DOJ won't defend Affordable Care Act provisions in court

Ebony Scott
June 12, 2018

Though Republicans loathe the 2010 law, many of them have pushed for market-oriented solutions that allow sicker Americans to obtain insurance without facing sky-high prices. One example, unfolding right now in the midst of the president's various rhetorical wars - with our Group of Seven partners, with the special counsel, with his own attorney general - is the administration's remarkable move not to defend the constitutionality of key parts of the Affordable Care Act.

Texas and its allies have asked the court, in Texas et al. v. US et al. "Zeroing out the individual mandate penalty should not result in striking important consumer protections, such as guaranteed issue and community rating rules that help those with pre-existing conditions".

If the court ultimately declared the provisions targeted by the Trump Administration unconstitutional, California would be temporarily cushioned from the effects because there are laws already on the books should the ACA – or its provisions – go away. In the case of health care, “fortunately we have 16 other [Democratic attorneys general] who are prepared to do it with us. Other findings include: health insurance gains were largest for adults without a college degree; long term and short term un-insurance rates declined; use of primary care, mental health services and preventive care among enrollees increased; as well as more low and moderate care adults had more regular source of care; and reliance on ER departments decreased.

"Should this case be successful, people with cancer, heart disease, diabetes, lung disease and any serious or chronic condition are likely to be denied coverage due to their pre-existing conditions or charged such high premiums because of their health status that they will be unable to afford any coverage that may be offered". The Justice Department seeks a declaratory judgment that those provisions will be invalid as of January 1.

Supporters of the health care law expressed considerable alarm on Friday.

"The individual mandate thus still exists", the filing said, but with the associated financial penalty gone, "it will no longer be fairly possible to describe it as a tax because it will no longer generate any revenue".

The Trump administration now argues it's unconstitutional to stop insurance companies from denying or dropping coverage for people with pre-existing conditions like cancer, asthma, or diabetes.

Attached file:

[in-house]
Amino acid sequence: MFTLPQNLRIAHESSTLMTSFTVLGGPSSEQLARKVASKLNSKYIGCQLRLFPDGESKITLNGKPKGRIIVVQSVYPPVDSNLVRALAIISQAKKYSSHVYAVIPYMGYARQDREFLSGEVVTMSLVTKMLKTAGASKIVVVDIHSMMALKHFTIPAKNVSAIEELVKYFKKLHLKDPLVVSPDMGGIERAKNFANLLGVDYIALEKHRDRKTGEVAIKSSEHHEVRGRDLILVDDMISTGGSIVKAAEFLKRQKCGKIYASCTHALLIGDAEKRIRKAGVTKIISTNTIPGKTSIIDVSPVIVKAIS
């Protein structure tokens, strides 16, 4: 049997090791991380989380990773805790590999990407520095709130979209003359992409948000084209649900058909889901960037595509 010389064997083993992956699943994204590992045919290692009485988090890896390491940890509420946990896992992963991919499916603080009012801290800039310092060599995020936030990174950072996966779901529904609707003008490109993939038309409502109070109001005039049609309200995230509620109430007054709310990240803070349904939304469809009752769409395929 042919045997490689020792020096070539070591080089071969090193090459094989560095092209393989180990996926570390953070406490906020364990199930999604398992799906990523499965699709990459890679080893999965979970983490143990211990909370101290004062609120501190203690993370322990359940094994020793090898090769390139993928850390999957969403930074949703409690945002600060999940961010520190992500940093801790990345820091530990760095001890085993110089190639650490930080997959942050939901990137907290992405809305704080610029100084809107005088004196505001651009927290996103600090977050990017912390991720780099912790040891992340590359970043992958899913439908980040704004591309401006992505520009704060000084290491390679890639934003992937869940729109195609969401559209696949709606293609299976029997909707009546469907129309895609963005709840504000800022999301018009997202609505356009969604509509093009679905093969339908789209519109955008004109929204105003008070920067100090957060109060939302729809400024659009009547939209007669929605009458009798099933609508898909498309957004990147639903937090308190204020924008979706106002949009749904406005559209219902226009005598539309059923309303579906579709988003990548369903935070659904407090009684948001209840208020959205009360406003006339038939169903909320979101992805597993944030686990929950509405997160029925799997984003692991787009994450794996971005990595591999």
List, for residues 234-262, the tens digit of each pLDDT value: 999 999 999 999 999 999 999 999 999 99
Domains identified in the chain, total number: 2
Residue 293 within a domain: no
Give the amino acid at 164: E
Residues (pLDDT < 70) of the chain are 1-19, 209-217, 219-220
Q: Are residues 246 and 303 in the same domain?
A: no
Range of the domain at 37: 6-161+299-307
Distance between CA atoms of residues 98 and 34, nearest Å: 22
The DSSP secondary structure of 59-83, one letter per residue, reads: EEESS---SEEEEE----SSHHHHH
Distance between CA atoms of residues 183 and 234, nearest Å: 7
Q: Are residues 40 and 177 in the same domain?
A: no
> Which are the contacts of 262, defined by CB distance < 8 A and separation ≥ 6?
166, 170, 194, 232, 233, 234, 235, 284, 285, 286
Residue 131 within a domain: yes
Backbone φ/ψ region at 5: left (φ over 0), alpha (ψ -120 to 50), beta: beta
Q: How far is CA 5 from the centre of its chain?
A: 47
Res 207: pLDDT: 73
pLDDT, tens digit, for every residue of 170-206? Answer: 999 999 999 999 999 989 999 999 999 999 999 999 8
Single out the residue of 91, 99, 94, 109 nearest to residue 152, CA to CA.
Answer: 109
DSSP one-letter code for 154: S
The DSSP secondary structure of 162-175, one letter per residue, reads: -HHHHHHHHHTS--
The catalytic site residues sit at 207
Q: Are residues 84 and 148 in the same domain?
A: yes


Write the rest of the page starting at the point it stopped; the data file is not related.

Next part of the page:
In December, Trump signed the Tax Cuts and Jobs Act.

"The lawsuit initiated by Texas is unsafe and reckless and would destroy the ACA as we know it".

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If the mandate provision is no longer a tax provision, the 2012 Supreme Court ruling should no longer protect the individual mandate provision from legal challenges, the states say. I don't think that the repeal of the penalty means that the no-penalty individual mandate is necessarily unconstitutional, since there is no sanction for violating it, so it isn't really much of a law at all.

The filing came in a lawsuit brought by the state of Texas and a coalition of other Republican-led states who have filed suit in the United States District Court for the Northern District of Texas challenging the constitutionally of the Affordable Care Act.

O'Connor has said that, once he has issued his ruling, the parties will have 30 days to respond.

Senior House Democrats on health care committees called the administration's refusal to defend the federal health law a "stunning attack on the rule of law". Even if the lawsuit stands little chance of success, putting those provisions back in play can create uncertainty for insurers and patients this summer and fall. Health insurers are now deciding whether to sell coverage in the individual market in 2019 - and what they're going to charge. The insurers say that healthy people will probably opt out of having insurance.

Led by Texas Attorney General Ken Paxton and Wisconsin Attorney General Brad Schimel, the lawsuit said that without the individual mandate, Obamacare in its entirety was unlawful.

"We agree with the [Trump] administration that a preliminary injunction should not be granted to the plaintiffs".

ROVNER: Those are the main parts. "Instead, we should focus on advancing proven solutions that ensure affordability for all consumers".

The 20 states filed [JURIST report] their lawsuit in February, relying on the Supreme Court precedent in NFIB v. Sebelius [JURIST report].

Other reports by GizPress

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